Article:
The American Journal of Poetry
"Strong Rx Medicine"®


Paul Mariani

De Profundis

And the Spirit of God was hovering over the face of the waters.


A blank slate, an empty canvas, that sheet
of foolscap eight and a half by eleven long
Bob Creeley—late minimalist,
hip puritan, wiping at his one good

eye—told me once was how a poem began.
Began, because there was no other choice.
And young James Franco, telling me how
he’d tried to recreate what Hart Crane

had done by staring at his own blank page
there on that Olivetti. He was recalling
something Ed Harris had once said:
how he wished he’d kept those two

minutes in the film he was making, where
Jackson Pollock stares unblinking into
the white canvas at the nothing that is there,
not unlike the Creator God who once stared

into the darkness covering the face, if face
it was, given the way the language works—
or doesn’t—that seems to call us from those depths.
That is, until the Spirit, the Arch Breath,

call it the Wind if you will, whipped over
those waters, as over some blank black canvas.
And, in time (if there was time back then)
God said, Let there be light. And like that,

like a switch turning on, there wás light,
and the Lord saw it and called it good. And
where nothing was (if non-being can be said
to be) the trumpet sound of sound itself

began to sound. And it was good. And words
followed: the multifoliate pulse of Pythagorean
sound. Music is its name, what the ancients,
who seemed to know knew better than

we know (if we know anything at all)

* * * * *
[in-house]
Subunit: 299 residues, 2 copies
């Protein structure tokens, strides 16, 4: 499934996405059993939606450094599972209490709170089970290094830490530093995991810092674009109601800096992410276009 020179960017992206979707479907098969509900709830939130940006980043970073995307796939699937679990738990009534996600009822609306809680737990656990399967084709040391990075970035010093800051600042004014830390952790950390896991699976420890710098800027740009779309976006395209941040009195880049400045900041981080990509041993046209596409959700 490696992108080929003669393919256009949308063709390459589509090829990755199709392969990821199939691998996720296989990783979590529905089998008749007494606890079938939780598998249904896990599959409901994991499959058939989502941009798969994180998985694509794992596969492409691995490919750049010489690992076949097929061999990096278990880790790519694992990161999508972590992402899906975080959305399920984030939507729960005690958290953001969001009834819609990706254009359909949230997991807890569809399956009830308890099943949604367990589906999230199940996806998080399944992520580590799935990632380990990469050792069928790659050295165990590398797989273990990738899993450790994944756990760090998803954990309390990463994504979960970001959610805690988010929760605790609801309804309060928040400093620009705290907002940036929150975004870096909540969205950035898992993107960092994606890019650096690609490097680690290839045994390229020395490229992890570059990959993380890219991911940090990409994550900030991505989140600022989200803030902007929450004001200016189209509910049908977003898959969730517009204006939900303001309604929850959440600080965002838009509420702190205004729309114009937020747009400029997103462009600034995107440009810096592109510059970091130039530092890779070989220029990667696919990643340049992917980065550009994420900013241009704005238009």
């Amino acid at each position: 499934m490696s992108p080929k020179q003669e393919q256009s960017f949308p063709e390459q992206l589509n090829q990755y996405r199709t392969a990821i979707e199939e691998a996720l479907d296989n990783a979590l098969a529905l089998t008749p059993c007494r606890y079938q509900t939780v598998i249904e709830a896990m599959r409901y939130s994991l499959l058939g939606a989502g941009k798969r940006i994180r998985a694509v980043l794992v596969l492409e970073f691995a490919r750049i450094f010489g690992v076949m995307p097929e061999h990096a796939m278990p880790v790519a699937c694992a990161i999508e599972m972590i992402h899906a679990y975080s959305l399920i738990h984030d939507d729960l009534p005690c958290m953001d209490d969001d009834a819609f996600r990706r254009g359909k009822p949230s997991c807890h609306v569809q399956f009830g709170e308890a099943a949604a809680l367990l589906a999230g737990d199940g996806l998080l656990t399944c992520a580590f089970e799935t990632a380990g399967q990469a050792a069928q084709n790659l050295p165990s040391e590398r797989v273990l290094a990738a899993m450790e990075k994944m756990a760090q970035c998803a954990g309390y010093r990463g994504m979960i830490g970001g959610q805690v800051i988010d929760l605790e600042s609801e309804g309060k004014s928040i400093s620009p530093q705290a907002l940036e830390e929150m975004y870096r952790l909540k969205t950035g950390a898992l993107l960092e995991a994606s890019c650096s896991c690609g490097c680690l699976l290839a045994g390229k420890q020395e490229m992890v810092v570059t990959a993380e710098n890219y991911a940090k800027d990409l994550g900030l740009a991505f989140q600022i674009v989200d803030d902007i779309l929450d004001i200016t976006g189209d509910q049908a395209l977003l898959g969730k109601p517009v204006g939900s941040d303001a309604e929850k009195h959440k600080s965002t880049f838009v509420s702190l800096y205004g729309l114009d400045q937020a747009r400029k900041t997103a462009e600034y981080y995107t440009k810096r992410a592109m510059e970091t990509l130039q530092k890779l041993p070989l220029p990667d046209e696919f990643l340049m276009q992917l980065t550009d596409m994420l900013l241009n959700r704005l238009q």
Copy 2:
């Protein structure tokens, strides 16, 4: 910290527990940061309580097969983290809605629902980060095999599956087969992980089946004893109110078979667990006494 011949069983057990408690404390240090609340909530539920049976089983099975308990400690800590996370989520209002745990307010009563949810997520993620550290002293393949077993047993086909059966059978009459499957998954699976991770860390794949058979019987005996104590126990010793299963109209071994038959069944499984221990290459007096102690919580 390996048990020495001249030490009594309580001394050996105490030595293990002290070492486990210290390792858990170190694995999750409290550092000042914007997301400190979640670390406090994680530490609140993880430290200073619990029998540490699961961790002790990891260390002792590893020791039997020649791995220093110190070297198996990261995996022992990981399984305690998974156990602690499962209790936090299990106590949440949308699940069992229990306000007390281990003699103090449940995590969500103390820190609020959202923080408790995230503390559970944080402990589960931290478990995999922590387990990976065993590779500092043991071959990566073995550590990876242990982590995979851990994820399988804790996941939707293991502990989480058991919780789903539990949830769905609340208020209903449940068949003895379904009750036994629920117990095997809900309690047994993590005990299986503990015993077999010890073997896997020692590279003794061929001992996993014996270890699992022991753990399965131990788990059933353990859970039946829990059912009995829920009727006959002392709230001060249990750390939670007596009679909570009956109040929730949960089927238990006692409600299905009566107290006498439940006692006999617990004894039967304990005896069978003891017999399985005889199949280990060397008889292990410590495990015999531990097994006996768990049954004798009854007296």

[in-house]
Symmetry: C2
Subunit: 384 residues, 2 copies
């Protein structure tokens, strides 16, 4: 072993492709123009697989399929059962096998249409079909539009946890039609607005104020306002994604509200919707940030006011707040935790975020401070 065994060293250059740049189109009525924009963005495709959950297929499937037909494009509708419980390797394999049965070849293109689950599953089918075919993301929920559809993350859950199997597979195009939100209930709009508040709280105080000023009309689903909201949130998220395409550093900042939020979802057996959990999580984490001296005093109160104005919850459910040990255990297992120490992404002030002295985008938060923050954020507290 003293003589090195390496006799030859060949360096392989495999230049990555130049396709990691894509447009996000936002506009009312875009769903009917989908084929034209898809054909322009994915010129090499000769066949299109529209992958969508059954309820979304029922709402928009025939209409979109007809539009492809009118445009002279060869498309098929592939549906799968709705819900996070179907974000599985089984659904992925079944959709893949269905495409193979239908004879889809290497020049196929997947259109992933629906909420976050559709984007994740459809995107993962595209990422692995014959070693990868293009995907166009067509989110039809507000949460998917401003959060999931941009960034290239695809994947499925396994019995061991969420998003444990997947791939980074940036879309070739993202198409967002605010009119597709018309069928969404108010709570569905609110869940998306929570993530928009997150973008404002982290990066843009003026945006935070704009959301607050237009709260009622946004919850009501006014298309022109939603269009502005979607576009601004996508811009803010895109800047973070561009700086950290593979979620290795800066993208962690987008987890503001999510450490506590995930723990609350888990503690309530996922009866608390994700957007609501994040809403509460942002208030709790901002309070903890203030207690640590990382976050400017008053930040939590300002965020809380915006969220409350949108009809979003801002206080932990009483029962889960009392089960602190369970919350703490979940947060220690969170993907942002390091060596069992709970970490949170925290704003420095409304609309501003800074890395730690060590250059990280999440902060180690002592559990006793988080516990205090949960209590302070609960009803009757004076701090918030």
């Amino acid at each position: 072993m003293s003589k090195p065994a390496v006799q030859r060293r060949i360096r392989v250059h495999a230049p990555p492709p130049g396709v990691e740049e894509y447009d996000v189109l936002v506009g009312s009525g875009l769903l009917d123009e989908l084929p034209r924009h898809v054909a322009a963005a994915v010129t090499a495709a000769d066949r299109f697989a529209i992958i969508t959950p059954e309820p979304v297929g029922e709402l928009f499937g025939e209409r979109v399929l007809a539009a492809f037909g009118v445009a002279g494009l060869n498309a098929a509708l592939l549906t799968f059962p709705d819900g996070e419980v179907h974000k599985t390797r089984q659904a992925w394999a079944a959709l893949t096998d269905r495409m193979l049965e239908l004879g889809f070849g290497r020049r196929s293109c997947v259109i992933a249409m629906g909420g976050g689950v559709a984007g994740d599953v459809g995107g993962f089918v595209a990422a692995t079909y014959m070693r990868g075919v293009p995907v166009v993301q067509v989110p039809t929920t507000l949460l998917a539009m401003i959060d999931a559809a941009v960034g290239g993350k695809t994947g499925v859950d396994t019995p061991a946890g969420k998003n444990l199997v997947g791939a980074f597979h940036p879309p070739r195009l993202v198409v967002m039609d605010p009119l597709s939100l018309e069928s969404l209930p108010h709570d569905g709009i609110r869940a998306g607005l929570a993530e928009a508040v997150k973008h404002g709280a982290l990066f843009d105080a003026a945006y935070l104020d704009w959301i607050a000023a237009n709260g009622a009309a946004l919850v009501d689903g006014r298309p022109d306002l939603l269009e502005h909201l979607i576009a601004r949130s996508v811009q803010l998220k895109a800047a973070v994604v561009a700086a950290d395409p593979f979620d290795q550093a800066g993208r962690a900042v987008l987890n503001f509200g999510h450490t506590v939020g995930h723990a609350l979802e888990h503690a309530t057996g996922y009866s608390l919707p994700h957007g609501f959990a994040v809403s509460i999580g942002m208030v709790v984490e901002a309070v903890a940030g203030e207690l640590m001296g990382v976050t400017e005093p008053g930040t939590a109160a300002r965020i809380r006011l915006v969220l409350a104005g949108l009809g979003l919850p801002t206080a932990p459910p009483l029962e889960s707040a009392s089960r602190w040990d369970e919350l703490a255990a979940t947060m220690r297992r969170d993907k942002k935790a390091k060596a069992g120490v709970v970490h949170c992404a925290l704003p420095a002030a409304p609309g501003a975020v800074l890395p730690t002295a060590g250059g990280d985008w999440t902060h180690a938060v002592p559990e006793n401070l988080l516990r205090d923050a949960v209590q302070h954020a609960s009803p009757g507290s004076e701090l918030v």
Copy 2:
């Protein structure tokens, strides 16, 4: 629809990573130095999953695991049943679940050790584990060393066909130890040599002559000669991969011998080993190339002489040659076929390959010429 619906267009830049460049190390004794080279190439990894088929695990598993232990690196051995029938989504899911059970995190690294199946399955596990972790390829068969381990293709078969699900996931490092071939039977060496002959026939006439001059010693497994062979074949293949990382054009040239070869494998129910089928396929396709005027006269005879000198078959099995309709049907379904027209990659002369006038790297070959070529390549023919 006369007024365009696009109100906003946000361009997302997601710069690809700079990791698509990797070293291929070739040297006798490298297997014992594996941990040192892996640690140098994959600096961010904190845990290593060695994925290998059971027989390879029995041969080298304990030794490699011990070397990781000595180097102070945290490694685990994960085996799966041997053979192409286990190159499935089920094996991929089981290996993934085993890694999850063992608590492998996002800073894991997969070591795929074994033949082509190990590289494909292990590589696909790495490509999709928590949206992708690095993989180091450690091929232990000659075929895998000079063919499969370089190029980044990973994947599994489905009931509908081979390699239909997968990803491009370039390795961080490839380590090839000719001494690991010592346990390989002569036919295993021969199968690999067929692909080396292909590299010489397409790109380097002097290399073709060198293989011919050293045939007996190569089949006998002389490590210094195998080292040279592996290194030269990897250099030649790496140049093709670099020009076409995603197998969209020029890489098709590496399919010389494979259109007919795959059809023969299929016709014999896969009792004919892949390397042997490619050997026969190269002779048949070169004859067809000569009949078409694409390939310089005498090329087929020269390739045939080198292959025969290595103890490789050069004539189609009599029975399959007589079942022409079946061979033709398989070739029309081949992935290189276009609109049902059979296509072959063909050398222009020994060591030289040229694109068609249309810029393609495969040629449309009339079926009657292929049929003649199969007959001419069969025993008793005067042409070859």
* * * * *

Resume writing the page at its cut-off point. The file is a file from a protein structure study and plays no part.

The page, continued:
called the Music of the Spheres. Then
lines. Lines of verse. Lines of paint as now
Pollock’s brush begins to swerve down

and then across the canvas. And it was good.
Oh, it was very good, for as Issho says,
we must learn to live as waves, each of us unique,
but part, always part, of the ocean from which

we came and to which we must return:
a face of water that stares into a face of water
across which the Wind must always wave its way.
And then it’s back once more to that blank slate

that began these lines: the empty canvas
which seems to taunt the one who dares
to stare upon its face until you catch it staring
unblinking back into the blank face of the beholder.



Paul Mariani

Johnnie Walker Black


And there he is, in the fishscale light
of morning up on East 65th.
It’s 1945 and our mother
has walked my little brother Walter

and me to this decaying brownstone
to visit the widow of my father’s cousin,
Frank, whose Army Jeep crashed somewhere
in Germany just weeks before. Margie

is her name, and she’s left now with two young
boys: Frankie, whose father never had a chance
to hold him, and who will come to share
an attic room with Walter and myself.

And then there’s Frankie’s brother, who has
just squeezed out through the kitchen
window onto the bleak back yard, stepping
on one of the babe chicks he’s gone out to feed.

And now he’s howling with yet another loss.
But then that’s neither here nor there now,
is it? For even then you knew such missteps
could never be undone. And so with the one

who writes these words, standing there
with Walter by some bent garbage can
down the darkened street, as he rifles through
a box of stale cupcakes the grocer has just

tossed into the ashcan as if it were some
newfound grail. But when Walter demands
some crumbs, his brother grabs an empty
whiskey bottle from the grail and brings it

hard down across his mouth and then blood
is gushing out and there’s a black gap
where Walter’s front teeth were. And now
our mother is on the curb shrieking

for a cab to stop please stop and then
my brother’s gone, leaving another gap